Save and Grow Guyra plans public meeting to discuss shire amalgamation

UNMERGE: Save and Grow Guyra will hold a public meeting next Tuesday. "We want to decide our destiny," spokesman Gordon Youman said.
UNMERGE: Save and Grow Guyra will hold a public meeting next Tuesday. "We want to decide our destiny," spokesman Gordon Youman said.

Could Guyra demerge from Armidale Regional Council?

Save and Grow Guyra spokesman Gordon Youman hopes so.

“We want to be able to get back to where we decide our destiny,” Mr Youman said, “not another big centre that we’re supporting with our rates.”

His organisation – formerly known as Guyra ANTY (Amalgamation? No, Thank You!) – will hold a public meeting at the Guyra Bowling Club at 7pm on Thursday, October 11.

The meeting will discuss the outcome of the merger, particularly after the news that Armidale Regional Council had a $2.6 million deficit.

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“The town's going backwards,” Mr Youman said. "We've not only got a deficit; our rates are definitely going to go up, and our services are declining already. Our roads appear in a disgrace, and our depot has gone backwards.”

Guyra Shire amalgamated with Armidale Dumaresq two and a half years ago, in May 2016 – and promised benefits, Mr Youman thinks, failed to materialise.

“We've been deceived. We've gone along with the merger; we were promised all these savings and how good it'll be.

“Guyra's got nothing out of it. The few projects that we've got, the Guyra Shire already had going, and funded – the likes of the Tenterden Bridge, and the aged care centre.

“The only thing that Guyra's got was a promise to do the main street up, which they're blaming on the fuel tanks. They knew about the fuel tanks 12 months back. 

“To top it off, the council are now looking at a $3.8 million deficit. You don't need a calculator. What has Guyra got out of it? Nothing, except the debt.”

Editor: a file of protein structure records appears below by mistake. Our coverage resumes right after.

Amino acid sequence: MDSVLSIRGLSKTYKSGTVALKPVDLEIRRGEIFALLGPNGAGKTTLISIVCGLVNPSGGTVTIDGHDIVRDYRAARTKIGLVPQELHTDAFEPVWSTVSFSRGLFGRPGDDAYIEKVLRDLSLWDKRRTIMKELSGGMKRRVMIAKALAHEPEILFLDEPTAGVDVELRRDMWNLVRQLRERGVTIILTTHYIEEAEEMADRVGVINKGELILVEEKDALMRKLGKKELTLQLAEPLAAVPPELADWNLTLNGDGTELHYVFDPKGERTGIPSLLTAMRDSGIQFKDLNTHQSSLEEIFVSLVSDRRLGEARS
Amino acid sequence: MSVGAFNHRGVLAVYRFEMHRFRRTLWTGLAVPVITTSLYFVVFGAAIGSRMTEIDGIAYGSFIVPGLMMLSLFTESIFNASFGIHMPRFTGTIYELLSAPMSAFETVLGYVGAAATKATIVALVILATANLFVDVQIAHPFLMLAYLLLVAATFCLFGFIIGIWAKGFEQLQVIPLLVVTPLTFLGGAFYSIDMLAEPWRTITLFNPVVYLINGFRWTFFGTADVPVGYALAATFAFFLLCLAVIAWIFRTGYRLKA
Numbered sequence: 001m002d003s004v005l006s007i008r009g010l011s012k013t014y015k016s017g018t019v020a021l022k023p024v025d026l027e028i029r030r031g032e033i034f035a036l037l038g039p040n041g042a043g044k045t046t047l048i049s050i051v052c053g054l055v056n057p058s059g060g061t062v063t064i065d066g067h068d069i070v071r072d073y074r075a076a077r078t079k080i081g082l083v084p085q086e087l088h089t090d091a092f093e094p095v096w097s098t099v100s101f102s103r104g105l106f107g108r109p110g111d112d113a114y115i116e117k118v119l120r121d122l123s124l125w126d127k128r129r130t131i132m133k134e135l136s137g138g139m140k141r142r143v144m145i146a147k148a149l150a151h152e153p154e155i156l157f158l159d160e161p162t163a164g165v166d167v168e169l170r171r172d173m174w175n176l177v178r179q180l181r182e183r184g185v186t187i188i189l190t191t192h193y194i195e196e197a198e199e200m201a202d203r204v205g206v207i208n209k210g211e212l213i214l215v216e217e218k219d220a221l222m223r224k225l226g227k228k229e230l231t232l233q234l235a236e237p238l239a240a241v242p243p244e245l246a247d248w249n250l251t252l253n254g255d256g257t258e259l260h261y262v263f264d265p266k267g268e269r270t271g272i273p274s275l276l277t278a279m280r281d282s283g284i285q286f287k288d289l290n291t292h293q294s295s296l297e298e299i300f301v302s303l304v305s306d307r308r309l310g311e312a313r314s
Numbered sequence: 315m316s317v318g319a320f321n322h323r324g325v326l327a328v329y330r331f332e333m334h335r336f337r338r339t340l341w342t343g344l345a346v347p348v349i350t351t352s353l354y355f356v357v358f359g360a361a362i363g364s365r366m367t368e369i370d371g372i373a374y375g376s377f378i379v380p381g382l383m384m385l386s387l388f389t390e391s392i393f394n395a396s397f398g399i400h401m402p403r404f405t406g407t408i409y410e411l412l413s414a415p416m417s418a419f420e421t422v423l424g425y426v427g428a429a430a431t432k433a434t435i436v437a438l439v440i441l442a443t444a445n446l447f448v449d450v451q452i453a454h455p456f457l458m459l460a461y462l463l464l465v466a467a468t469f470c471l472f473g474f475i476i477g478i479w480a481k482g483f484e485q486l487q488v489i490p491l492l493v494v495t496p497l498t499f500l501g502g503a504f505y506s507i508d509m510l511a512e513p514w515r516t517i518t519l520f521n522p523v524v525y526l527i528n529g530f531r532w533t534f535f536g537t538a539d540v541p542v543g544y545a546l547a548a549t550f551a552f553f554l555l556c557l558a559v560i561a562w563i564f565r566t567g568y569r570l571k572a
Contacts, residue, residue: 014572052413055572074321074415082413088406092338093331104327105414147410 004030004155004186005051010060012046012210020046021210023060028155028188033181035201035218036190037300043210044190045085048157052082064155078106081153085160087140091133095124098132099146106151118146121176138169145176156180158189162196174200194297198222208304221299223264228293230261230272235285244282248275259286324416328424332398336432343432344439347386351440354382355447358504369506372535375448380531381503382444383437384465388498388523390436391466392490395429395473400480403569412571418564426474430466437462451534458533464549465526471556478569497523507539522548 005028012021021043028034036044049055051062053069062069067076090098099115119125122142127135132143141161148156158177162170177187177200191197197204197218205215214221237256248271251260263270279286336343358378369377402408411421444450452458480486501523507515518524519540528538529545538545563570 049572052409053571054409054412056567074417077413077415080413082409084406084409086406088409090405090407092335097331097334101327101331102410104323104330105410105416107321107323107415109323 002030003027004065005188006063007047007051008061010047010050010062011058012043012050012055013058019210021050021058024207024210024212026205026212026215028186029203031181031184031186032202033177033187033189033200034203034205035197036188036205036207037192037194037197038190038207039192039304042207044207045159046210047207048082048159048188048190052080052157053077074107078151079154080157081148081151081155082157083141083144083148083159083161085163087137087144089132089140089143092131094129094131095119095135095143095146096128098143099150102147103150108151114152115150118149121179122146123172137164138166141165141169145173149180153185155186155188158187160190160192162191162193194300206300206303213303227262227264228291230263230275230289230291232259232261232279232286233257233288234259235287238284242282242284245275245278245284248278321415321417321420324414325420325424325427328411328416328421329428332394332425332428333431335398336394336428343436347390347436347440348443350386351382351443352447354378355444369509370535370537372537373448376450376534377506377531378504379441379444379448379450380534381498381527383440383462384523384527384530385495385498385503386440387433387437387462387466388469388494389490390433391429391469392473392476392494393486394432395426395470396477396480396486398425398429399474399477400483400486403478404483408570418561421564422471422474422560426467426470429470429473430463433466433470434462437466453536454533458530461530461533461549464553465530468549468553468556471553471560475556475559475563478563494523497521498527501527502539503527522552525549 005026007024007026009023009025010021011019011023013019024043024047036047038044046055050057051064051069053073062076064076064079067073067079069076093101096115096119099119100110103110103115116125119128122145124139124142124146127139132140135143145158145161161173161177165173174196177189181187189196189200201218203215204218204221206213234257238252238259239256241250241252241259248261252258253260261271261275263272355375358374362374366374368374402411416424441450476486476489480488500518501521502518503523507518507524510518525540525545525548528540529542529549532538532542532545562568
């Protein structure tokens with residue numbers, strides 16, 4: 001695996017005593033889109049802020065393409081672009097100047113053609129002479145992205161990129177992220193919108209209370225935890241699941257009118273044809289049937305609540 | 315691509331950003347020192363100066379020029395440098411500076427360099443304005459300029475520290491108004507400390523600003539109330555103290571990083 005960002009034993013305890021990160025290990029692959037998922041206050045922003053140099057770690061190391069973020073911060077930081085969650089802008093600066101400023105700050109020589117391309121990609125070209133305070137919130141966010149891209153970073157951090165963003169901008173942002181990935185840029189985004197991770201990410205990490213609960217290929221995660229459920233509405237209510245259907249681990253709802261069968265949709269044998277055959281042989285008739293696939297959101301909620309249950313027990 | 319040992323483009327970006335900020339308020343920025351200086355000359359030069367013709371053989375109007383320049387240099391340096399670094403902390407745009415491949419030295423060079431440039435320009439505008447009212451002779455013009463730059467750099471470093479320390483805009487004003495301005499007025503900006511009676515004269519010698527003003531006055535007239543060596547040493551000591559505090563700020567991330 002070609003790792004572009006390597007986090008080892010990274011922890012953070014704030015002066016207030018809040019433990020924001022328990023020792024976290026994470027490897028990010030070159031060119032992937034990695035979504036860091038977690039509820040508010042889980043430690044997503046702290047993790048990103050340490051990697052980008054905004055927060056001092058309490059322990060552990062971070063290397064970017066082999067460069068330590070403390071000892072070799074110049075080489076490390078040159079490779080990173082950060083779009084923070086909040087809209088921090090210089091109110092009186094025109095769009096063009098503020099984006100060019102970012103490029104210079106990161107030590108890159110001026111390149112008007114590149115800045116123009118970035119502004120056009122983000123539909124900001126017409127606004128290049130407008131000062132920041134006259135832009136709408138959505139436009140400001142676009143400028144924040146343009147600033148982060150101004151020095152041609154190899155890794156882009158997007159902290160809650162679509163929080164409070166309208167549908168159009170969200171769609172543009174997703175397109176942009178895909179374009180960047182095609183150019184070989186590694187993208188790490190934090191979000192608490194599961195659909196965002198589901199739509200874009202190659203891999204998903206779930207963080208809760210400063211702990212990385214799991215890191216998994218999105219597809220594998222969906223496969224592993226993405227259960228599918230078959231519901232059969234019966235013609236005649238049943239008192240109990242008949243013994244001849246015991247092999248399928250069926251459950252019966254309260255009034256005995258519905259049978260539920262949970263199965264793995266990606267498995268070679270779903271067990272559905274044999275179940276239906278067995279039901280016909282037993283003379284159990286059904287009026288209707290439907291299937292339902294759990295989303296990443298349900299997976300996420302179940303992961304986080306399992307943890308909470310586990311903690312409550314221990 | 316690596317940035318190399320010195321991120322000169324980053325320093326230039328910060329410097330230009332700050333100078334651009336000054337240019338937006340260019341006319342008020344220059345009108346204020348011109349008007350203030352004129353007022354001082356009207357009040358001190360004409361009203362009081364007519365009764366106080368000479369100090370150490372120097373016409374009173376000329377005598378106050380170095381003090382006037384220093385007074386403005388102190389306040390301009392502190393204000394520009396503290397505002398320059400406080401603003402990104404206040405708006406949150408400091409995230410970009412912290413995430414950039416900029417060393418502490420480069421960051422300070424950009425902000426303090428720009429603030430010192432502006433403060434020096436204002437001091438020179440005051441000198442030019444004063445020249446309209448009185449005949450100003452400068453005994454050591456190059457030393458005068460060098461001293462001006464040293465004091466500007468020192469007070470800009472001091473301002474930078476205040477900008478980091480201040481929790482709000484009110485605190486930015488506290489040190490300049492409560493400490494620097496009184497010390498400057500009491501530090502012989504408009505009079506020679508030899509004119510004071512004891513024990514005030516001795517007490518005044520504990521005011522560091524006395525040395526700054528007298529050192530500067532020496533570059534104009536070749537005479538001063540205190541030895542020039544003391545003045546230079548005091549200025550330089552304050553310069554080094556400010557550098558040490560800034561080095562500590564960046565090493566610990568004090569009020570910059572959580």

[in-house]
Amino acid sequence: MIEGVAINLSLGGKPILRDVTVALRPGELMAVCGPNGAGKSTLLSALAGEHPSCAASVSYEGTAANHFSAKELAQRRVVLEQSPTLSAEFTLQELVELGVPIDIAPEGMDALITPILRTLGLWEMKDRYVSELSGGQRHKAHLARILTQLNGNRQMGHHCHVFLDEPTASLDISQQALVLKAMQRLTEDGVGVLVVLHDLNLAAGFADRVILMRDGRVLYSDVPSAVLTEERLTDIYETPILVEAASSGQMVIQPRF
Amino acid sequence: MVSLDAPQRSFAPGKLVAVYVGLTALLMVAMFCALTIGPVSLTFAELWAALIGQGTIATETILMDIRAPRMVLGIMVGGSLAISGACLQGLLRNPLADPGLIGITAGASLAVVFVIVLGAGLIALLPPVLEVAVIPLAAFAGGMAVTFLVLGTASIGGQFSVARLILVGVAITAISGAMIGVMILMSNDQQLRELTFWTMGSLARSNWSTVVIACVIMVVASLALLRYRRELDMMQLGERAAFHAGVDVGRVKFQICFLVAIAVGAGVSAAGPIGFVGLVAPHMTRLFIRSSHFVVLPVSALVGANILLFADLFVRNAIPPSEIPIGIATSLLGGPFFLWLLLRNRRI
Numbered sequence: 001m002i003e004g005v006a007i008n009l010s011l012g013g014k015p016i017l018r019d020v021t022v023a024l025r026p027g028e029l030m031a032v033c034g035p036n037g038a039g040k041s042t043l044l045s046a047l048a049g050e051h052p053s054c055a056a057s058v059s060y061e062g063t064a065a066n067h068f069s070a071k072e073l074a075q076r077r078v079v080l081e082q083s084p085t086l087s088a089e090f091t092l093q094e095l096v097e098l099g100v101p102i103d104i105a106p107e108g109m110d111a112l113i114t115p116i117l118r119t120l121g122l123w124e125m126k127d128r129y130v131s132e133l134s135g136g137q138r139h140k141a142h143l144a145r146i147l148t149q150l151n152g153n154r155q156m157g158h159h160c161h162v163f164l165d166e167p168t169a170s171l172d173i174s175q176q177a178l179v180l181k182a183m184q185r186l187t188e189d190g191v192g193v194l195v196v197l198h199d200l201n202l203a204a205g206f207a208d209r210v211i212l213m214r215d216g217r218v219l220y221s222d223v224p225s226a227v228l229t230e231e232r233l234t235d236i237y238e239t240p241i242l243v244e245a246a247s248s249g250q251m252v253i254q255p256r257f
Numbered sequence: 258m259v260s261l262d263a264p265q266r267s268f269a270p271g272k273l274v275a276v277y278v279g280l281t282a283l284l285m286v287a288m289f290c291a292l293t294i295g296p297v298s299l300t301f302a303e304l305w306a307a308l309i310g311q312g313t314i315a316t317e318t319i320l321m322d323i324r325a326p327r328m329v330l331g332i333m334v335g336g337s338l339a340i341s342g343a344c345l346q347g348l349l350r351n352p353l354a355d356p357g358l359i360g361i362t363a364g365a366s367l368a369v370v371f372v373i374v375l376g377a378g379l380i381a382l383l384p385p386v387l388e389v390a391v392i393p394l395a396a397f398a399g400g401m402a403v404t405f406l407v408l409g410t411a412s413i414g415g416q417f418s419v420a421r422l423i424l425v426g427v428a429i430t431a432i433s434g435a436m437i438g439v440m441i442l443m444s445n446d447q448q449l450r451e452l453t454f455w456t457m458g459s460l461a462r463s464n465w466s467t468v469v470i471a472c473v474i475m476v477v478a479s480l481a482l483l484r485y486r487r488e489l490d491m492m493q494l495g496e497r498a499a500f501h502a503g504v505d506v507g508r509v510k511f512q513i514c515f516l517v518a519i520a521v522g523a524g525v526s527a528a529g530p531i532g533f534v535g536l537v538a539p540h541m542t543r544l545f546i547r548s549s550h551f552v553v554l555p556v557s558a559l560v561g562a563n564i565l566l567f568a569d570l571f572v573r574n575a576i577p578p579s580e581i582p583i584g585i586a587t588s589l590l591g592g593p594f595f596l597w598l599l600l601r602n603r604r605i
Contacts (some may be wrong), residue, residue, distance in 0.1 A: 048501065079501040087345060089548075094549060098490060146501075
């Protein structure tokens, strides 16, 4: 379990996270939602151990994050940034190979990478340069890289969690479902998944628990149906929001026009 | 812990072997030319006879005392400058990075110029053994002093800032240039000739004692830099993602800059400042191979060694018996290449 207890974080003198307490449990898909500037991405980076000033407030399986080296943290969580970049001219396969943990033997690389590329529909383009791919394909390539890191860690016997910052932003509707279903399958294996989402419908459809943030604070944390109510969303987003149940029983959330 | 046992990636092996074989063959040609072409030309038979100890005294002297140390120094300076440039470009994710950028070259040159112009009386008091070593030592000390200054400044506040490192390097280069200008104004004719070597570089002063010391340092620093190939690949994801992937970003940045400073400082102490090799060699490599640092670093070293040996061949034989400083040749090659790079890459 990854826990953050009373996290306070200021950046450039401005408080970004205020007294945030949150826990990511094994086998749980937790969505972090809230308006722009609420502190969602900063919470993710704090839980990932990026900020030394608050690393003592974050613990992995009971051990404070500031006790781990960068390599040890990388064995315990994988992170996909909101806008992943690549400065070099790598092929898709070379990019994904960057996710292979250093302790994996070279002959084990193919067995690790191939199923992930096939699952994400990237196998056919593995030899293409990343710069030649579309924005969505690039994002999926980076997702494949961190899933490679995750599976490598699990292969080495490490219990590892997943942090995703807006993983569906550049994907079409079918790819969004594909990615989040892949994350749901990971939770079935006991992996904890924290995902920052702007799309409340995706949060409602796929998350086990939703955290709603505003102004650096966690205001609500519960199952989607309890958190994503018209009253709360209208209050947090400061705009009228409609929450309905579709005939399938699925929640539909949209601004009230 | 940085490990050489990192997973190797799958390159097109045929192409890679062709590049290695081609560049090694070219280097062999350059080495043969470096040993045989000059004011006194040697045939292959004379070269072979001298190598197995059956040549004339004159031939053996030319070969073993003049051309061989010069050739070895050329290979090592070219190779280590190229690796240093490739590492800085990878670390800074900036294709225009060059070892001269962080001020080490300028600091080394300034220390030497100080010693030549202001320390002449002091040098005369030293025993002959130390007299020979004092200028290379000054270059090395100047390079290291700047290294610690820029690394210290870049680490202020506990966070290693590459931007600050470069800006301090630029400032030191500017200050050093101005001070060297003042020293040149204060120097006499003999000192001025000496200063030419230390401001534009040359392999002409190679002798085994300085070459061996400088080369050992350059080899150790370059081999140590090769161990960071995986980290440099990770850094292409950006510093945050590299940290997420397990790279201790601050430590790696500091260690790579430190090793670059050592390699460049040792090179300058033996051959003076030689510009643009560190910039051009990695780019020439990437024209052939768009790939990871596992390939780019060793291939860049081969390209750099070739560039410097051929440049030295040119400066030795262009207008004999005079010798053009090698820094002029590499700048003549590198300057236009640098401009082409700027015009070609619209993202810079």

Mr Youman and his group hope to have Guyra demalgamated from Armidale – and they believe they have the backing.

More than 90 per cent of the Guyra community, Mr Youman said, were against the merger – and many still want to unmerge.

He had, he said, two petitions showing support: a statewide one begun in 2016, with more than 6000 signatures protesting the merger; and one started two months ago, with 662 signatures collected from Guyra people in a week alone to change the boundaries. Ten thousand signatures are needed to table the motion in the state parliament.

“We’re not a small group, even though the politicians paint us as a nuisance group,” Mr Youman said. “We’re not a minority; we’re a majority – and we’re fed up with it!”

Their chance may come in March. All the parties except the Liberals and the Nationals, Mr Youman said, have promised to have a plebiscite of the old Guyra shire then, three years after the merger.

“If Tingha can get a boundary change, with the small amount of signatures they have, that sets a precedent. Why can't Ben Lomond go to Glen Innes; why can't Ebor go to Bellingen; and why can't Guyra get out on its own? If the council can support Tingha, why can't they support us?”

Guyra was not the only rural shire to be merged. Other small towns, Mr Youman pointed out, like Tumbarumba, Gundagai, and Harden-Murrumburrah had been forcibly amalgamated.

“Guyra’s not alone,” Mr Youman said. “Rural communities have been treated so poorly with these forced amalgamations. We're all in the same boat. This government will not listen to us.”